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Brain Tumour by nikeborome

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									Brain Tumour
     101
   What is a brain tumour?

 A brain tumour is a mass of abnormal
  cells within or around the structure of
  the brain.

 A brain tumour can be benign or
  malignant, and can be primary or
  secondary.
     Primary or Secondary?
                      Secondary Tumours
Primary Tumours
                        (or Metastatic)

 Originated from     Originated from cells
  cells within the   from somewhere else in
  brain.             the body.
 Primary brain       Common for other
  tumours stay       cancers to move, i.e.
  within the brain   breast, lung, melanoma,
  or spinal cord.    etc.
          Growth:
    Benign or Malignant?
 Benign Tumours          Malignant Tumours

 WHO Grade 1 or 2       WHO Grade 3 or 4
                         Fast growing
 Slow growing
                         Poorly defined
 Well defined          borders
  borders                Can invade
 Does not invade       surrounding tissue and
  surrounding           structures
  tissue

         (WHO: World Health Organization)
     Common Symptoms

Headaches      Seizures      Visual
                            changes

Personality   One-sided    Hearing loss
 changes      weakness


Dizziness     Nausea and   One-sided
               vomiting     paralysis
  Diagnosing Brain Tumours

     CT (or CAT) Scan

 A CT Scanner is often
  used to take pictures
  (X-rays) of the brain.
 Abnormalities such as
  a tumour will show
  up on a scan.
Diagnosing Brain Tumours

                    MRI Scan

           An MRI Scan uses a
            magnet and radio waves
            to take pictures of the
            brain.
           MRI scans show more
            detail than CT scans.
            However, a CT may be
            done first to determine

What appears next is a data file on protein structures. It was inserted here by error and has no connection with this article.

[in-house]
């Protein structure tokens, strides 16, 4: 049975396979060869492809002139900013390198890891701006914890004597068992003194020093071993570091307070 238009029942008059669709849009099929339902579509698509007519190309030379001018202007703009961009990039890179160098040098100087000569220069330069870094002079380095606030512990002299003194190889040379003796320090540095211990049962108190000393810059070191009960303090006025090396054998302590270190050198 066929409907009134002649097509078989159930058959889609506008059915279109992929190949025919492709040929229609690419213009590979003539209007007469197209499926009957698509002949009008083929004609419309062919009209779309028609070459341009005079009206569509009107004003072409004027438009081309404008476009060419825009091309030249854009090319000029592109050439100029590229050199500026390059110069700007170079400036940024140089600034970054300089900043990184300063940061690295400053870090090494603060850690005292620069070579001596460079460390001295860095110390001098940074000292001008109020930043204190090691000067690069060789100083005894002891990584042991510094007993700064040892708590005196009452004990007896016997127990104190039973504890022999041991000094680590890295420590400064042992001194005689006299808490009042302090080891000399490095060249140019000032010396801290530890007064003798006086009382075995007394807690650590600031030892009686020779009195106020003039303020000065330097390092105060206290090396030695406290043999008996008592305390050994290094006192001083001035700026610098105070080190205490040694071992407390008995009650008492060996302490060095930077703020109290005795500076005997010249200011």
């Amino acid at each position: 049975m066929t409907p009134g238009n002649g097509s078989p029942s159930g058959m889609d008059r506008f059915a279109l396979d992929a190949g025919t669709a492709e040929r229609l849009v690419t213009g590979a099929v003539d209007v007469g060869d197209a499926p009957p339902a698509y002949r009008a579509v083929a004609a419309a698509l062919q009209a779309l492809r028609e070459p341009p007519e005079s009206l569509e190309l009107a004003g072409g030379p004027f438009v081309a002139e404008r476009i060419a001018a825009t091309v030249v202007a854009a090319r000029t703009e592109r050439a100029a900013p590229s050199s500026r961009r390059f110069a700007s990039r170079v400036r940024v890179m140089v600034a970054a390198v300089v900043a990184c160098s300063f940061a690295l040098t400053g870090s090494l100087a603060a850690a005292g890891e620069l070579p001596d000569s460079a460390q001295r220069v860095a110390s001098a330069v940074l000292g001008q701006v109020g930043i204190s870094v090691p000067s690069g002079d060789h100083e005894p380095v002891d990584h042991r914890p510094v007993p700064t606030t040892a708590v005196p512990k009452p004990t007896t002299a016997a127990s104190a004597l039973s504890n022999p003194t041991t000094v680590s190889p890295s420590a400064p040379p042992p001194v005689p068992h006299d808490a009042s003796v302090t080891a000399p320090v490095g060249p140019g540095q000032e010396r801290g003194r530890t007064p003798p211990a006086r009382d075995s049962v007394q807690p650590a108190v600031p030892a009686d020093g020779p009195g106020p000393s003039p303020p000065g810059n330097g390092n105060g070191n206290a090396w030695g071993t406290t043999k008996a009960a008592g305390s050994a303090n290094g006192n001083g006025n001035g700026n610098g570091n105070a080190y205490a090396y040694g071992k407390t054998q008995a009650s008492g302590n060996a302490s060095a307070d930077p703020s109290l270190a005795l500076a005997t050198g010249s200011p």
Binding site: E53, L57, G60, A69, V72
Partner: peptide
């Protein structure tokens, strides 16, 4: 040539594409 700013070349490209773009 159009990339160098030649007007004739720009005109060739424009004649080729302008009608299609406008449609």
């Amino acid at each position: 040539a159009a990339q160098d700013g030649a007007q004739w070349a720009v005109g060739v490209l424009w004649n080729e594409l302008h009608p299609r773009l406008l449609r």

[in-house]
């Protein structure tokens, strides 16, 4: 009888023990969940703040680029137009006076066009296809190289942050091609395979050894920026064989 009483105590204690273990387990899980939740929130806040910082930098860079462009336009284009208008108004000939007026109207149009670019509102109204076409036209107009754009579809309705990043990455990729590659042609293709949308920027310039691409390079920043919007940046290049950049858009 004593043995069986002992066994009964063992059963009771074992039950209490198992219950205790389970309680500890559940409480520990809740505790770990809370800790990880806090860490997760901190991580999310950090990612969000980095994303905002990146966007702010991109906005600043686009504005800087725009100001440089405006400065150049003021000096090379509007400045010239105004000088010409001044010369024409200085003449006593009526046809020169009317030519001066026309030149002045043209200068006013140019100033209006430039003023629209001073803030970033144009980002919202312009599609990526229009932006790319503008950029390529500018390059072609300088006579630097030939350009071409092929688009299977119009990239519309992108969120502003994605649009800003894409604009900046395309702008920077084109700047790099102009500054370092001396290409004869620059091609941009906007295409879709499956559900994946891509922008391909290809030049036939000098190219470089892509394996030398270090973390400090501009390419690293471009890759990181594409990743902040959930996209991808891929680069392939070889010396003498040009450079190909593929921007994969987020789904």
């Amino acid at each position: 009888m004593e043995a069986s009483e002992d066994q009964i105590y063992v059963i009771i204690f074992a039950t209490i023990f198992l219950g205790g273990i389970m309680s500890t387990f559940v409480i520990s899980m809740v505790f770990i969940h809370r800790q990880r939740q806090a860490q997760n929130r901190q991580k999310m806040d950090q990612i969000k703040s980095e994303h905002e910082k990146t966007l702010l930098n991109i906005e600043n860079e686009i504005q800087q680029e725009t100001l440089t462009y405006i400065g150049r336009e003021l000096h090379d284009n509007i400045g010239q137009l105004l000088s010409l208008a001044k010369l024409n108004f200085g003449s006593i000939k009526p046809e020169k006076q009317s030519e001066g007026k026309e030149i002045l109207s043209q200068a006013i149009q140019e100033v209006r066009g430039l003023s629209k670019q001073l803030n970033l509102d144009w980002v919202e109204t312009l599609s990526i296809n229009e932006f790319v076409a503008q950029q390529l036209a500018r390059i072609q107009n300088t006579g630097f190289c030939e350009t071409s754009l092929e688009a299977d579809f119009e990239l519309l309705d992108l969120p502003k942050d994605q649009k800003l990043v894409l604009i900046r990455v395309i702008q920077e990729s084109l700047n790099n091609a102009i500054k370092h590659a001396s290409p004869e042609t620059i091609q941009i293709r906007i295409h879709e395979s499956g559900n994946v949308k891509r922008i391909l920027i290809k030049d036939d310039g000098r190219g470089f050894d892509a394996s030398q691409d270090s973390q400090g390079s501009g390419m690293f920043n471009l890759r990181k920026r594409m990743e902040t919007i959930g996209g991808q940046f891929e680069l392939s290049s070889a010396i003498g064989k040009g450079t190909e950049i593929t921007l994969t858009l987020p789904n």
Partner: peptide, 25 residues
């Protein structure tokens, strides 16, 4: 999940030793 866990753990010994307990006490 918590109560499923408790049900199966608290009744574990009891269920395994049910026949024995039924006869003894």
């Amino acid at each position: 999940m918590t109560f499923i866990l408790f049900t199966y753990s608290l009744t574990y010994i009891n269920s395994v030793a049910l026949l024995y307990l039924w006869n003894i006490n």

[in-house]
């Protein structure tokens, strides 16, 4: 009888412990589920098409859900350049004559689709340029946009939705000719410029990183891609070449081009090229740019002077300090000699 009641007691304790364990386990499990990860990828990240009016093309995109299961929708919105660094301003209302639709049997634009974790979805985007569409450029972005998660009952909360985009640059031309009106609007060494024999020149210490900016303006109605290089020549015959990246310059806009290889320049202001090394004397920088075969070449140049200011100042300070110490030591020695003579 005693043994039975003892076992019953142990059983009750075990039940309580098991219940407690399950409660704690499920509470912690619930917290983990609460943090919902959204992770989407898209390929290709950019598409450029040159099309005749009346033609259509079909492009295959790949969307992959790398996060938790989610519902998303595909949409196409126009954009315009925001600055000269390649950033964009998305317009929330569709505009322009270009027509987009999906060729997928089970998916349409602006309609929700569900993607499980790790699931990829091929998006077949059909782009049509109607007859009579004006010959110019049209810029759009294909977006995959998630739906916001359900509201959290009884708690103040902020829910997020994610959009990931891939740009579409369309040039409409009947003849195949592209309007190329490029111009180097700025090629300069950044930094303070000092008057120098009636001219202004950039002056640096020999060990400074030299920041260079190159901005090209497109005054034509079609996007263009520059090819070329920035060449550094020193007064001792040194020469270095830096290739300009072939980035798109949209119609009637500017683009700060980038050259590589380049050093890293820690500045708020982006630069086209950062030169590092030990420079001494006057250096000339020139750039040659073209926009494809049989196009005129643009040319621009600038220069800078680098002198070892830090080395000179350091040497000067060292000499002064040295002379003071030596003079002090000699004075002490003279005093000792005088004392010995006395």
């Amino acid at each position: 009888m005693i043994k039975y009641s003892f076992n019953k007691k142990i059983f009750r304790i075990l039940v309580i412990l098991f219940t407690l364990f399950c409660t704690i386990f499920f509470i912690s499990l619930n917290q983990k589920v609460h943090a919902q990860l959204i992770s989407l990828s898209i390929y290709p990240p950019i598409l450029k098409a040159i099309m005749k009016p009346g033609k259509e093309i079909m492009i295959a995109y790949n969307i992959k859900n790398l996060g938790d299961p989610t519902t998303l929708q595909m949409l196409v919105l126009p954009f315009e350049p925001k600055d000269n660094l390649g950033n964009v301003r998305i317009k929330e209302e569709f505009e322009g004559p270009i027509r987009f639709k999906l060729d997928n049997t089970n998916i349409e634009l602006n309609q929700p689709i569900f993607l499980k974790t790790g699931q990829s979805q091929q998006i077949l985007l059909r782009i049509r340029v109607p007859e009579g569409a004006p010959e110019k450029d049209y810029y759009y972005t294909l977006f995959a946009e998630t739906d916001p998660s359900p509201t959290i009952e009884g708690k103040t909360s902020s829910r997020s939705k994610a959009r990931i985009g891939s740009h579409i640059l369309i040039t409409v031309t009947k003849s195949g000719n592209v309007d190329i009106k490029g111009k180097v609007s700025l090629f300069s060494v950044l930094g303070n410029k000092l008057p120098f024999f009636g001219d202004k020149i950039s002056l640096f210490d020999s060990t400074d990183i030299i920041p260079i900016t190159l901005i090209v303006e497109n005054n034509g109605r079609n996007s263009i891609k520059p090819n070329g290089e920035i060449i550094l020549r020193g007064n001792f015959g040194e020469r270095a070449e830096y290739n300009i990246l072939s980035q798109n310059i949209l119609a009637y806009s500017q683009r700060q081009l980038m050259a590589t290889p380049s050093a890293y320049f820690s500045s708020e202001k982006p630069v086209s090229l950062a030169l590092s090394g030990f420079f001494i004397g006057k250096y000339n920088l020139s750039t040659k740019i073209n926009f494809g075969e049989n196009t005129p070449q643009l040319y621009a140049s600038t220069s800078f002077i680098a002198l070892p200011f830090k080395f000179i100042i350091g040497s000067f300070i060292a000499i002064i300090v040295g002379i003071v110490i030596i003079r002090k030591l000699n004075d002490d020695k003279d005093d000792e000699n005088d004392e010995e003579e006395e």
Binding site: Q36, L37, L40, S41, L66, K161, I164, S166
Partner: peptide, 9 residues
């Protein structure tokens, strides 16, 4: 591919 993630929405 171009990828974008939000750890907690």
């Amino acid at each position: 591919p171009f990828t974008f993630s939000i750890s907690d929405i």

any abnormalities. If one
            is present, an MRI
            provides further detail.
      Types of Treatments

Three standard treatments exist for brain tumours:
 Surgery
 Radiation therapy
 Chemotherapy

 However, a wait-and-see approach is often used to
  monitor any changes in the tumour.

 Treatment plans are individualized to the patient, and the
  type and grade of tumour.
                    Surgery

 Often surgery is the first
  treatment offered if the
  tumour is in an operable
  area. If surgery is not an
  option, a biopsy may be
  ordered.

 The goal of surgery is to
  remove or de-bulk as
  much tumour as
  possible, and get an
  accurate diagnosis by
  the pathologist.
Radiation Therapy

           Radiation therapy
            involves
            administering high
            levels of radiation
            directly at a
            tumour.
           Standard radiation
            therapy lasts for 6
            weeks, Monday to
            Friday for 30
            treatments.
Radiation Therapy

        Stereotactic Radiosurgery
          is another form of
          radiation that is given in
          one single treatment.

        Gamma Knife is used to
          treat meningiomas,
          pituitary tumours,
          acoustic neuromas, and
          secondary tumours.
Gamma Knife




              NRCGraphic
              of the Leksell
              Gamma Knife
          Chemotherapy

 Chemotherapy is the use of medication to stop
  or slow the growth of tumour cells.

 Often given orally or intravenously.

 Temozolomide or Temodal is becoming a
  common chemo drug for brain tumour
  patients. But VERY expensive if not covered by
  insurance or provincial coverage. Often given
  concurrently with radiation therapy for high-
  grade gliomas.
 Common Tumour Types

           Astrocytoma

 Grade 1: Pilocytic Astrocytoma
  [Pediatric]
 Grade 2: Astrocytoma
 Grade 3: Anaplastic Astrocytoma
 Grade 4: Glioblastoma Multiforme
Lobes of the Brain

								
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